• Outbound leads that come from account execs or business development reps 
  • Conversions from the self-service motion  
  • Expansion of existing customers 

Self-Serve Conversion + Expansion

About 80% of Retool’s customers come from their self-serve business. In 2021, 20% of the revenue that Retool’s AEs booked came from self-serve conversions, so this is where AEs are especially focused on nurturing and expanding accounts. 

There are typically two tipping points where self-serve customers upgrade to a higher pricing tier: 

1. Volume 🔊: Once businesses are using enough seats in Retool that they’re ready to move off of a month-to-month plan and make an annual commitment, they’ll reach out or their AE will start the conversation around a volume discount on an annual contract.  

2. Sophistication 🧐: Usually when a company reaches around 500 people, they want to start using more sophisticated tools to manage the platform they’ve built in Retool. At this point, they’re often ready for a discussion about upgrading their accounts. 

Inbound 

Inbound leads typically come directly to AEs from demo requests. Often, these are from people who know they're going to need enterprise features — advanced integrations, security, etc. — and who want to go right to the source and talk to a person.  

Outbound 

Outbound leads typically come from AEs reaching out to VPs of engineering, directors of engineering, internal tools teams, data engineering teams, and other teams they know will benefit from Retool. 

When’s The Right Time to Layer in Outbound? 

For the extremely rare Slacks and Dropboxes of the world, the answer might be not for a long time. But for the rest of us, the best time to add an outbound motion to the PLG approach is “about a year before you need it” according to Eleanor. 

Retool really started going hard on outbound at the beginning of 2022, when about 60% of the previous year’s revenue was still from inbound. Eleanor knew it would take between six and 12 months to spin up a really successful team, the right ICP, the best incentive program, the perfect messaging, and all the associated systems. So for her, it was important to start while Retool’s AEs were still generating reliable revenue growth via inbound, but had room to grow with a new outbound motion.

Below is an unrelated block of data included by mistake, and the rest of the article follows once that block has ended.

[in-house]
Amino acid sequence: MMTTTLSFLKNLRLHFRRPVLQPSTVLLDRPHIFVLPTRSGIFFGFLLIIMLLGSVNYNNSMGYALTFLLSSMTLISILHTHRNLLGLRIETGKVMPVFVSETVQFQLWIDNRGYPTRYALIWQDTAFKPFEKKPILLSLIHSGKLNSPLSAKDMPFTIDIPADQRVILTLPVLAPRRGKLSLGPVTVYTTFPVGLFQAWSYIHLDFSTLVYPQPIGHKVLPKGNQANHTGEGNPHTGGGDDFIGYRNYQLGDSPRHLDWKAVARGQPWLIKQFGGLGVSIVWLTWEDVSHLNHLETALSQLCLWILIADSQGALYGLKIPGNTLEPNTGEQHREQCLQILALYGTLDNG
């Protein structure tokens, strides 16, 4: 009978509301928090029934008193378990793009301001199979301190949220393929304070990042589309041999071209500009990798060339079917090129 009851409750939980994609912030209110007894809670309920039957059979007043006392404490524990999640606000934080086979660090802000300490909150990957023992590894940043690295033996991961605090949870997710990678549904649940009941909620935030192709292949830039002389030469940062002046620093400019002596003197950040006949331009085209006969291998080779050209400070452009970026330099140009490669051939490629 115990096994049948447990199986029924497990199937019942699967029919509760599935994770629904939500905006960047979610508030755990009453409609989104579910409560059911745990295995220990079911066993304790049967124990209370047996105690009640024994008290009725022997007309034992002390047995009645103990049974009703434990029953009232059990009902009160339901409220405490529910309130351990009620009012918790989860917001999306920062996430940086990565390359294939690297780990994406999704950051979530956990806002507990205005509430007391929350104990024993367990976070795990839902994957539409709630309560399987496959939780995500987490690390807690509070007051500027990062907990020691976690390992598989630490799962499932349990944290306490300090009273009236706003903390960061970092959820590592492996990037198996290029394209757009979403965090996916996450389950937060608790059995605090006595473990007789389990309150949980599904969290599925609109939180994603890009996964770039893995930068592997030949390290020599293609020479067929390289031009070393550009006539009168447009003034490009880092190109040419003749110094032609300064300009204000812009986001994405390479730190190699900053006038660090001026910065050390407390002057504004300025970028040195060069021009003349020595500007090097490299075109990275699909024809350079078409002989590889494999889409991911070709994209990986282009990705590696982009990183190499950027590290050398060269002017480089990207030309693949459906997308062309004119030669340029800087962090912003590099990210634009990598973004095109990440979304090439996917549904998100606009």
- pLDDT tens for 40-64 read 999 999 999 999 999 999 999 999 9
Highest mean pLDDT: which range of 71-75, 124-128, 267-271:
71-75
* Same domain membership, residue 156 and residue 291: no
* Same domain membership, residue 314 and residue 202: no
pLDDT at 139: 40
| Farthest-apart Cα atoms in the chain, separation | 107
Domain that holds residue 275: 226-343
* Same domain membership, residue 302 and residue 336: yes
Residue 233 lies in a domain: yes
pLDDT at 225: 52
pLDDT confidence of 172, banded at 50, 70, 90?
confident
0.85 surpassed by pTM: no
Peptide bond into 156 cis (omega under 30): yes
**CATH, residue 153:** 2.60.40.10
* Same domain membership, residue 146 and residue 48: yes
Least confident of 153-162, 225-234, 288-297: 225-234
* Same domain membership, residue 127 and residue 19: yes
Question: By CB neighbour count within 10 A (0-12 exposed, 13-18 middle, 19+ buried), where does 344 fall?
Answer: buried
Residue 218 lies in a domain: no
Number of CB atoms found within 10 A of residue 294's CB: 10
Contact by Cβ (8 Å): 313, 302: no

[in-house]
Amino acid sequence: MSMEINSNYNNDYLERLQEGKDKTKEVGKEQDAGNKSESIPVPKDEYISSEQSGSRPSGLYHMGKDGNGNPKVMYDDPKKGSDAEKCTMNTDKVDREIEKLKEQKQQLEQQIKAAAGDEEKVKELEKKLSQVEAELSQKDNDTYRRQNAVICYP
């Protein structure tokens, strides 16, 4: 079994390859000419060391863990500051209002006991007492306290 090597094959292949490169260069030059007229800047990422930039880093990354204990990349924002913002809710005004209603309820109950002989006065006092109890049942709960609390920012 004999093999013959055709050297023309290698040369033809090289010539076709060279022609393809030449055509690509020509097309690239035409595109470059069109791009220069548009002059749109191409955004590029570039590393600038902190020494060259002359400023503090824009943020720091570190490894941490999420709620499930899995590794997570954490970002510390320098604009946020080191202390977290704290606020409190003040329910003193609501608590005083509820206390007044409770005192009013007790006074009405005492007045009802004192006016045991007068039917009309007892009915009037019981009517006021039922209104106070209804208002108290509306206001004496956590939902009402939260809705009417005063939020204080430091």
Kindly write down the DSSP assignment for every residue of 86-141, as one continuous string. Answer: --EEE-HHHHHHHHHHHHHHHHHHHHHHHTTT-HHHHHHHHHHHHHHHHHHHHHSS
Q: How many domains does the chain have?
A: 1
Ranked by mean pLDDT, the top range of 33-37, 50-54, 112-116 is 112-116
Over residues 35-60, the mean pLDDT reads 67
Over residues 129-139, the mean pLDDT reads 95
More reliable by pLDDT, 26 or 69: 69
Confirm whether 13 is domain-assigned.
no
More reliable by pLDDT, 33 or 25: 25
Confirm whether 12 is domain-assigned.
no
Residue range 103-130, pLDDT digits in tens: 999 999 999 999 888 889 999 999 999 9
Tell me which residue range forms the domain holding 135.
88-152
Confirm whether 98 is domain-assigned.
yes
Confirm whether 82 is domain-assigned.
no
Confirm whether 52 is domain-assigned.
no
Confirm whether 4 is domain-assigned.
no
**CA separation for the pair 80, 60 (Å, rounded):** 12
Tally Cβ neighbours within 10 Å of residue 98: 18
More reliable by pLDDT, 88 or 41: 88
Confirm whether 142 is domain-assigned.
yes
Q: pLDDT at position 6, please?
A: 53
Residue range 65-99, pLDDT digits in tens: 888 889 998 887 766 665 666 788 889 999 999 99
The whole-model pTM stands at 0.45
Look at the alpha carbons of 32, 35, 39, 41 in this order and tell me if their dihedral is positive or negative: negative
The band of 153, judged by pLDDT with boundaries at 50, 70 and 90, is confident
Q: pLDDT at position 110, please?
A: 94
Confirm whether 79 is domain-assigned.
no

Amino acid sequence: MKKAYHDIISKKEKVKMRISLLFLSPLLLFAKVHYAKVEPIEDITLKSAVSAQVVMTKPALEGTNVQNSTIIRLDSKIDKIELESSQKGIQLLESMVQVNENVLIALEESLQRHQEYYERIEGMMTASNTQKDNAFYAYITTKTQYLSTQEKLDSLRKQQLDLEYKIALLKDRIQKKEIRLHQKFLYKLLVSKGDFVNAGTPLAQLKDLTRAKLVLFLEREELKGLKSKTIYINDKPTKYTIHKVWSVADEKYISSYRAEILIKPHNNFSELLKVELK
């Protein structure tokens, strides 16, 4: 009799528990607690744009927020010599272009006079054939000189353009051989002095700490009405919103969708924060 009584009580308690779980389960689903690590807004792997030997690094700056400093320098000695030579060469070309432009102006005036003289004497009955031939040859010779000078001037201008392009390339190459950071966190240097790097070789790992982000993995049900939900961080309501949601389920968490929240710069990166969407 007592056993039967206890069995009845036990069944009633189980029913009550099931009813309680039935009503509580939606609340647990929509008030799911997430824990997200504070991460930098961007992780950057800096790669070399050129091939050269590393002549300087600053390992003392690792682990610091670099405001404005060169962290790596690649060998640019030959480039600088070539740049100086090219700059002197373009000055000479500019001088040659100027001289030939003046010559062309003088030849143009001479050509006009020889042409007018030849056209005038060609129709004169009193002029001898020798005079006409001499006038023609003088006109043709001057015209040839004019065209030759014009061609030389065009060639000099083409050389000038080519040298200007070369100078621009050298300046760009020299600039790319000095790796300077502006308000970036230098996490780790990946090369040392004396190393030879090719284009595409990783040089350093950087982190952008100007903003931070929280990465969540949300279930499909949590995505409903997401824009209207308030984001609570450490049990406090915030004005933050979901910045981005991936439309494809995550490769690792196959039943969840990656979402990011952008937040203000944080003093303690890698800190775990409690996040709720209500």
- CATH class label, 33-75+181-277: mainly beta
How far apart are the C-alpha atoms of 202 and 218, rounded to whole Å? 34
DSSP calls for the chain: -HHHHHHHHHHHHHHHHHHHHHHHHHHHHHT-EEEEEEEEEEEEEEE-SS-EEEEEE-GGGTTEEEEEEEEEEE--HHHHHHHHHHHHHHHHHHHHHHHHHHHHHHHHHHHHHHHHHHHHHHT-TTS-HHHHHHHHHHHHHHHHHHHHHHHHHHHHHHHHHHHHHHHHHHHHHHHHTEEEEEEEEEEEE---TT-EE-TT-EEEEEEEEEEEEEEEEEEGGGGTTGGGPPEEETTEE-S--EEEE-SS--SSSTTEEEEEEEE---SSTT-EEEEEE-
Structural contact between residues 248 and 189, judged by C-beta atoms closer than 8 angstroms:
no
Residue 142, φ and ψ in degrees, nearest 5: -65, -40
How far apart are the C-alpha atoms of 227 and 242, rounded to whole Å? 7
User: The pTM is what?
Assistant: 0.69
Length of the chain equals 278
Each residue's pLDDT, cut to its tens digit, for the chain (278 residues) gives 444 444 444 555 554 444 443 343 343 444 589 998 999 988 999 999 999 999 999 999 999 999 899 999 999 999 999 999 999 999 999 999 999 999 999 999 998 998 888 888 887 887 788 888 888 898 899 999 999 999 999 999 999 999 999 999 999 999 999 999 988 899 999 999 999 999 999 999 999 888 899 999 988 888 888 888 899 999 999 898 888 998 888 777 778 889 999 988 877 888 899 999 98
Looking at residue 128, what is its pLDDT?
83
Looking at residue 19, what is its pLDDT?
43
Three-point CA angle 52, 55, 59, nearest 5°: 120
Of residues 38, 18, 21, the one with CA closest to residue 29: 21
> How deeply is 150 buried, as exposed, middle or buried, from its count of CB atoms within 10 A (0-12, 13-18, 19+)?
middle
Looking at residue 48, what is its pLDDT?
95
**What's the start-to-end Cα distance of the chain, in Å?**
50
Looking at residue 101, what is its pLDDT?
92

Handling Handoffs in the Sales Motion 🏈

While there are many different ways to split up who handles what within a sales org, Eleanor optimizes for simplicity at Retool. 

Account execs keep the customers they close and remain responsible for them through renewals and expansions. They continue to stay involved with each account they close, even as those accounts role into activation and future planning.

The deployed engineering team, which is a technical post-sale team similar to a post-sale sales engineer, works with customers on building their applications, which is a little different than how some companies handle it. Deployed engineering at Retool is active in shared Slack channels, does paired programming sessions with customers, and even participates in customer-sponsored hackathons. 

The customer success management (CSM) function — a newer and smaller development — has taken over ongoing product/project management. This team is being shaped to work with customers to define roadmaps for their Retool use cases.

A Team for Every Lifecycle Stage

While some may think that sounds like too many teams all trying to work with the same customers around the same time, the flow works well for Retool because they’ve carefully crafted these groups around key stages of their customer lifecycle. 

Acquisition

AEs and pre-sales sales engineers are experts in discovery, relationship building, negotiation, and closing and asking for money, which is a fairly important skill set. 

Activation

Deployed engineers tactically go in and help new customers get their first app deployed, get integrated with GitHub, get SAML configured, etc. They're also experts at triaging and cycling through feedback.